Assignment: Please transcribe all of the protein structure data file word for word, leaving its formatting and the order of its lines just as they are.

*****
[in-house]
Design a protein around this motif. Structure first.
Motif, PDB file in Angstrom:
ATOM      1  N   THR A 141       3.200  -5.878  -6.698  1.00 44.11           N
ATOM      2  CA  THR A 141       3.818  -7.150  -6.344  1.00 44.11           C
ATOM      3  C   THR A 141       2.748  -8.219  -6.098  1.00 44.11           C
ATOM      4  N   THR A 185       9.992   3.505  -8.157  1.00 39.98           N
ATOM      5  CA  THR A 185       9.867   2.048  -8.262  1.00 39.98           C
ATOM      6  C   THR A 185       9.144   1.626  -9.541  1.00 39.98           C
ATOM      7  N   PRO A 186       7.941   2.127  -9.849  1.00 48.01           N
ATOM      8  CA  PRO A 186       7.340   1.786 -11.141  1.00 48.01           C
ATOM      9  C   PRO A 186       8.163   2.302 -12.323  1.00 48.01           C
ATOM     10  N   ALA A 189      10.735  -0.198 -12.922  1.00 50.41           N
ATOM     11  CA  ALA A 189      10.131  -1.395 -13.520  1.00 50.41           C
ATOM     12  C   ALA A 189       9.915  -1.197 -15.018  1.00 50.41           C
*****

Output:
[in-house]
Design a protein around this motif. Structure first.
Motif, PDB file in Angstrom:
ATOM      1  N   THR A 141       3.200  -5.878  -6.698  1.00 44.11           N
ATOM      2  CA  THR A 141       3.818  -7.150  -6.344  1.00 44.11           C
ATOM      3  C   THR A 141       2.748  -8.219  -6.098  1.00 44.11           C
ATOM      4  N   THR A 185       9.992   3.505  -8.157  1.00 39.98           N
ATOM      5  CA  THR A 185       9.867   2.048  -8.262  1.00 39.98           C
ATOM      6  C   THR A 185       9.144   1.626  -9.541  1.00 39.98           C
ATOM      7  N   PRO A 186       7.941   2.127  -9.849  1.00 48.01           N
ATOM      8  CA  PRO A 186       7.340   1.786 -11.141  1.00 48.01           C
ATOM      9  C   PRO A 186       8.163   2.302 -12.323  1.00 48.01           C
ATOM     10  N   ALA A 189      10.735  -0.198 -12.922  1.00 50.41           N
ATOM     11  CA  ALA A 189      10.131  -1.395 -13.520  1.00 50.41           C
ATOM     12  C   ALA A 189       9.915  -1.197 -15.018  1.00 50.41           C